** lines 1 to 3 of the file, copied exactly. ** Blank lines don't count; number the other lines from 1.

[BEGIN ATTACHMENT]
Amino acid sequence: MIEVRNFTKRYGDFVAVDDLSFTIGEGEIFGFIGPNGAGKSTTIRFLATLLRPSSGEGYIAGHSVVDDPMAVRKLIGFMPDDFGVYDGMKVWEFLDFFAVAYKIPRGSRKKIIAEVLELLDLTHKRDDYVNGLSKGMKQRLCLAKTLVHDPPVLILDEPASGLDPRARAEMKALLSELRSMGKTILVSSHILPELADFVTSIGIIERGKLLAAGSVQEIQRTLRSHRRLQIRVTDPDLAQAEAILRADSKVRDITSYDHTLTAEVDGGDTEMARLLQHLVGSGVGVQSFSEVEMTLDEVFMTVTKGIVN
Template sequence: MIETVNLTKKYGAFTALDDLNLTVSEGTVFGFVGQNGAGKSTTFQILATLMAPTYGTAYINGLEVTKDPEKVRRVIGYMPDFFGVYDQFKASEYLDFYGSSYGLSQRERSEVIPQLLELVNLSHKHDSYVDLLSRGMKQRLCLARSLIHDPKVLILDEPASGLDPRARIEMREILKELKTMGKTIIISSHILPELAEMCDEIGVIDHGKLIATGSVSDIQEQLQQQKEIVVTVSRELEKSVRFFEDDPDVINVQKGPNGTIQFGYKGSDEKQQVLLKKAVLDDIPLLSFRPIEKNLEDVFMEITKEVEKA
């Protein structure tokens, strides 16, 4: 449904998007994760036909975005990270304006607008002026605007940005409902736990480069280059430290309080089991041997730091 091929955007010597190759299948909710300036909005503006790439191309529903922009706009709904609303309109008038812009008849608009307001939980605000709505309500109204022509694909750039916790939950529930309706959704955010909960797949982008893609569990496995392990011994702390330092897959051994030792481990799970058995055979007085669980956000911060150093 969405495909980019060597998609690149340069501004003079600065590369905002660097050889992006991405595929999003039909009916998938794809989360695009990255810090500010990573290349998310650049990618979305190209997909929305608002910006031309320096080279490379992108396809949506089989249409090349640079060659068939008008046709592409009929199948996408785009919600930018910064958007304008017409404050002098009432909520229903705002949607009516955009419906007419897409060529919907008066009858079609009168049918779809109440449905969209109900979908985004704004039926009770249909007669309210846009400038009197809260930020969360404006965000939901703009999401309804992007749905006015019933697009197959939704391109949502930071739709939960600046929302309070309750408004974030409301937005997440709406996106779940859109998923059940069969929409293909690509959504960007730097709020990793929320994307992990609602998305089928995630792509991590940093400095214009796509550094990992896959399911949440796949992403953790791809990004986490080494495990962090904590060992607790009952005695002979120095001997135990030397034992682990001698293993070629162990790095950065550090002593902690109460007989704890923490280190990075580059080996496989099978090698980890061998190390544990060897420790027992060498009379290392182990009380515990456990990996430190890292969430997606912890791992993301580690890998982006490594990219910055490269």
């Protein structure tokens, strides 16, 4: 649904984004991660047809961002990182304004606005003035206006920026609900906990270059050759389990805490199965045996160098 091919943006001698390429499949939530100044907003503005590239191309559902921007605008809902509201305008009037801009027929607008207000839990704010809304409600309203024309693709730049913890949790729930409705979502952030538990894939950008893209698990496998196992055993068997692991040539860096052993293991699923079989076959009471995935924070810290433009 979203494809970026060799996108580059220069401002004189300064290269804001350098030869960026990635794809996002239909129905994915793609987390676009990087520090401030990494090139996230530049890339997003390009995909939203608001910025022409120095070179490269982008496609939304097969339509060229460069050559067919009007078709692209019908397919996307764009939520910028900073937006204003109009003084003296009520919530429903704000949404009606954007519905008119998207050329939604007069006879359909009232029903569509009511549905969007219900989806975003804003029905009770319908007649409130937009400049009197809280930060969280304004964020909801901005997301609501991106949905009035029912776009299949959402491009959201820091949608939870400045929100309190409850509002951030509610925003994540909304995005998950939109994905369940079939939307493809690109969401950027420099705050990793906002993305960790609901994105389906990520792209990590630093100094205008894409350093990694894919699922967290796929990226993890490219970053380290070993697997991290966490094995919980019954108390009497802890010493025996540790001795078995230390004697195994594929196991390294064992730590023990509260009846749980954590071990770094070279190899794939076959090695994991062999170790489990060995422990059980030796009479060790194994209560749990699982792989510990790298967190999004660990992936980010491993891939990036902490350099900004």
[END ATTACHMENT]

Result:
Amino acid sequence: MIEVRNFTKRYGDFVAVDDLSFTIGEGEIFGFIGPNGAGKSTTIRFLATLLRPSSGEGYIAGHSVVDDPMAVRKLIGFMPDDFGVYDGMKVWEFLDFFAVAYKIPRGSRKKIIAEVLELLDLTHKRDDYVNGLSKGMKQRLCLAKTLVHDPPVLILDEPASGLDPRARAEMKALLSELRSMGKTILVSSHILPELADFVTSIGIIERGKLLAAGSVQEIQRTLRSHRRLQIRVTDPDLAQAEAILRADSKVRDITSYDHTLTAEVDGGDTEMARLLQHLVGSGVGVQSFSEVEMTLDEVFMTVTKGIVN
Template sequence: MIETVNLTKKYGAFTALDDLNLTVSEGTVFGFVGQNGAGKSTTFQILATLMAPTYGTAYINGLEVTKDPEKVRRVIGYMPDFFGVYDQFKASEYLDFYGSSYGLSQRERSEVIPQLLELVNLSHKHDSYVDLLSRGMKQRLCLARSLIHDPKVLILDEPASGLDPRARIEMREILKELKTMGKTIIISSHILPELAEMCDEIGVIDHGKLIATGSVSDIQEQLQQQKEIVVTVSRELEKSVRFFEDDPDVINVQKGPNGTIQFGYKGSDEKQQVLLKKAVLDDIPLLSFRPIEKNLEDVFMEITKEVEKA
């Protein structure tokens, strides 16, 4: 449904998007994760036909975005990270304006607008002026605007940005409902736990480069280059430290309080089991041997730091 091929955007010597190759299948909710300036909005503006790439191309529903922009706009709904609303309109008038812009008849608009307001939980605000709505309500109204022509694909750039916790939950529930309706959704955010909960797949982008893609569990496995392990011994702390330092897959051994030792481990799970058995055979007085669980956000911060150093 969405495909980019060597998609690149340069501004003079600065590369905002660097050889992006991405595929999003039909009916998938794809989360695009990255810090500010990573290349998310650049990618979305190209997909929305608002910006031309320096080279490379992108396809949506089989249409090349640079060659068939008008046709592409009929199948996408785009919600930018910064958007304008017409404050002098009432909520229903705002949607009516955009419906007419897409060529919907008066009858079609009168049918779809109440449905969209109900979908985004704004039926009770249909007669309210846009400038009197809260930020969360404006965000939901703009999401309804992007749905006015019933697009197959939704391109949502930071739709939960600046929302309070309750408004974030409301937005997440709406996106779940859109998923059940069969929409293909690509959504960007730097709020990793929320994307992990609602998305089928995630792509991590940093400095214009796509550094990992896959399911949440796949992403953790791809990004986490080494495990962090904590060992607790009952005695002979120095001997135990030397034992682990001698293993070629162990790095950065550090002593902690109460007989704890923490280190990075580059080996496989099978090698980890061998190390544990060897420790027992060498009379290392182990009380515990456990990996430190890292969430997606912890791992993301580690890998982006490594990219910055490269």